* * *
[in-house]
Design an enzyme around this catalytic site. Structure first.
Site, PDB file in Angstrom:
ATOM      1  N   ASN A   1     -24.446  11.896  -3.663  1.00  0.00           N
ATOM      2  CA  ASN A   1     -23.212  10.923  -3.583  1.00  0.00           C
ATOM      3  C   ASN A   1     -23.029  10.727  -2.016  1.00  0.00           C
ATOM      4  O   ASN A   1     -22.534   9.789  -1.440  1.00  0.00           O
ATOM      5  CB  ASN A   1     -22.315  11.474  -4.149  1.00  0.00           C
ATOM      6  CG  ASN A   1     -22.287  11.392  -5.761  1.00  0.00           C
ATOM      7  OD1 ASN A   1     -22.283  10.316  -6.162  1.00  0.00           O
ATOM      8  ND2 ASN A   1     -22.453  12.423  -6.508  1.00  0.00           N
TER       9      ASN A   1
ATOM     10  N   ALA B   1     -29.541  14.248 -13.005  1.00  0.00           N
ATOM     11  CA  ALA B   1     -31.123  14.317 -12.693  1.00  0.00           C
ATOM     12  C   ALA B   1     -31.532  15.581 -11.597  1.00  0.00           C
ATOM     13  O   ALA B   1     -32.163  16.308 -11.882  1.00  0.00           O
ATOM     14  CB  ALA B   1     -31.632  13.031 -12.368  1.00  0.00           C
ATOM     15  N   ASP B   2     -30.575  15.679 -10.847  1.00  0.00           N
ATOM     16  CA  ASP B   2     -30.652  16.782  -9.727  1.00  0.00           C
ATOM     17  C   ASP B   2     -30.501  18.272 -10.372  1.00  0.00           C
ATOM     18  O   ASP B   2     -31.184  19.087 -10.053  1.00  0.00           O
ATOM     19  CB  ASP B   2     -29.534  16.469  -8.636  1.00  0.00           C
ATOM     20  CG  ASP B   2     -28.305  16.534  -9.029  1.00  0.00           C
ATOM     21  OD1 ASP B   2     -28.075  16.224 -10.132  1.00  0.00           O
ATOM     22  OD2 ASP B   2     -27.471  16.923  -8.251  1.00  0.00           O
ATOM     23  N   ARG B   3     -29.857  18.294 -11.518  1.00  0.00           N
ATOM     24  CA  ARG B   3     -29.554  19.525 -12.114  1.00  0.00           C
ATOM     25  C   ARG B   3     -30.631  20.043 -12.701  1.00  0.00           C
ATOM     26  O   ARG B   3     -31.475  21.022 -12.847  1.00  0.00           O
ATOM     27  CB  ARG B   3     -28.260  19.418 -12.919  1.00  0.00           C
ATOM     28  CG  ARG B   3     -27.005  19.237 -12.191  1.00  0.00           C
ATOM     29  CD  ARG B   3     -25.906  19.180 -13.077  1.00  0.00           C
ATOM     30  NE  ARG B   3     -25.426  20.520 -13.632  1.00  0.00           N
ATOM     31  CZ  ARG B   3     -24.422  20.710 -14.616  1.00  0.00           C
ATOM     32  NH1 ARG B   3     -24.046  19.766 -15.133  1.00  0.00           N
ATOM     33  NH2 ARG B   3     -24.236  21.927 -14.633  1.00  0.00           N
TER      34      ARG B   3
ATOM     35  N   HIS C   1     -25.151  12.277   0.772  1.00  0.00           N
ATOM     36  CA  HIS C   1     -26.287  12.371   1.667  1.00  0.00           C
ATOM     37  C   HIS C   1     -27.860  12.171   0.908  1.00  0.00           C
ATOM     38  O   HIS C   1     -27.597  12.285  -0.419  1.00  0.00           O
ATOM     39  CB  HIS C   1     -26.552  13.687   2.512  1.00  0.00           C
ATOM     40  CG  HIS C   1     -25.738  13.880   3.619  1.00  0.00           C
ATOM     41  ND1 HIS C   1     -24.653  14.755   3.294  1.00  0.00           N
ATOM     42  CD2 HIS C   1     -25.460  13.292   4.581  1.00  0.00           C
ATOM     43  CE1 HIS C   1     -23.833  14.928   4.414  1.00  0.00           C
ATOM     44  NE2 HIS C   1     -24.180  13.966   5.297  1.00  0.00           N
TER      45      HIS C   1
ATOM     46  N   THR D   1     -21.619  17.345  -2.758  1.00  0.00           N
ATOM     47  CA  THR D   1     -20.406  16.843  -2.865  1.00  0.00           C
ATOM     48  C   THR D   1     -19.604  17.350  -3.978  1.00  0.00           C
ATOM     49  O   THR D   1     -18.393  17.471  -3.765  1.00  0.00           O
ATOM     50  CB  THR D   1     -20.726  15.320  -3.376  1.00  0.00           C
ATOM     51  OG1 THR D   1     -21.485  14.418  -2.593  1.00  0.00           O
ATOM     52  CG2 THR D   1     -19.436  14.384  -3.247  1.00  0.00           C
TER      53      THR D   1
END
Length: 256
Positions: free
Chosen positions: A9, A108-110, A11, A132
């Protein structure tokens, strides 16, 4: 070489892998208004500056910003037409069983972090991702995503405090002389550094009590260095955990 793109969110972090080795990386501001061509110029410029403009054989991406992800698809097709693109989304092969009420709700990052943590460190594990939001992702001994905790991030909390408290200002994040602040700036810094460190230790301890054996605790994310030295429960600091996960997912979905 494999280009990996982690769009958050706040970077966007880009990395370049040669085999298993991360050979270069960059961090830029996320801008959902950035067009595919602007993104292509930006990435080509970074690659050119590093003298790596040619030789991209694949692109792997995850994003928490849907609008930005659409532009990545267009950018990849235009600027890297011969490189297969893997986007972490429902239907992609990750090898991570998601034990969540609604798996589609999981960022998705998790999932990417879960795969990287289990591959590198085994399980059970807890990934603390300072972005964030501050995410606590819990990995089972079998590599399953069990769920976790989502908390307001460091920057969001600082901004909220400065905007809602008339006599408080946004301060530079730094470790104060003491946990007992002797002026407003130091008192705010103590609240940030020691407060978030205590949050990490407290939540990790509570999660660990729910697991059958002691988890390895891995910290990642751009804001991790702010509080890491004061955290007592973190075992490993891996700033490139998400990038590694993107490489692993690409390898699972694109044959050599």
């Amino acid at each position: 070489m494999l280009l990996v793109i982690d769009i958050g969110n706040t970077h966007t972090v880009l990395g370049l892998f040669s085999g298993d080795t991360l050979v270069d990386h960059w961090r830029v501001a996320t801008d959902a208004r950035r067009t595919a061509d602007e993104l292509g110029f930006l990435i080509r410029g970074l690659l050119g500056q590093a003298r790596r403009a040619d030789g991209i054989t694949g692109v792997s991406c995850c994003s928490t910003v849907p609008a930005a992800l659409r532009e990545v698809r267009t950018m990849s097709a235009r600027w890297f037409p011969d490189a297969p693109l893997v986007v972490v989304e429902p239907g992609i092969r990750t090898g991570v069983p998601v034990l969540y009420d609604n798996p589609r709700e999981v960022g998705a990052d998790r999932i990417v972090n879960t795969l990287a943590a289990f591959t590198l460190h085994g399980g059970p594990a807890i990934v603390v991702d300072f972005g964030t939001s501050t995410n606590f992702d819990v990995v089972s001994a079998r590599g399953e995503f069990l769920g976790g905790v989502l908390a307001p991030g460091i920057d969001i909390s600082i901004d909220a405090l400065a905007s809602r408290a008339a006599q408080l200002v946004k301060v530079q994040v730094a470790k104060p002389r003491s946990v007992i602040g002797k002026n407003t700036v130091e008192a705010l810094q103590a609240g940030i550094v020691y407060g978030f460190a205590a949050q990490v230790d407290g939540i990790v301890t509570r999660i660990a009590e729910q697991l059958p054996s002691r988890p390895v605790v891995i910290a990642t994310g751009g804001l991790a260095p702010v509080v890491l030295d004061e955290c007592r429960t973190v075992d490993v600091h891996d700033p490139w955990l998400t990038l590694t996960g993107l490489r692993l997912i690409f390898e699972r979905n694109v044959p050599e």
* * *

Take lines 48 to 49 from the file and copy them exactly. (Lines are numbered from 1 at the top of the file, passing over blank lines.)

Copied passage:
TER      45      HIS C   1
ATOM     46  N   THR D   1     -21.619  17.345  -2.758  1.00  0.00           N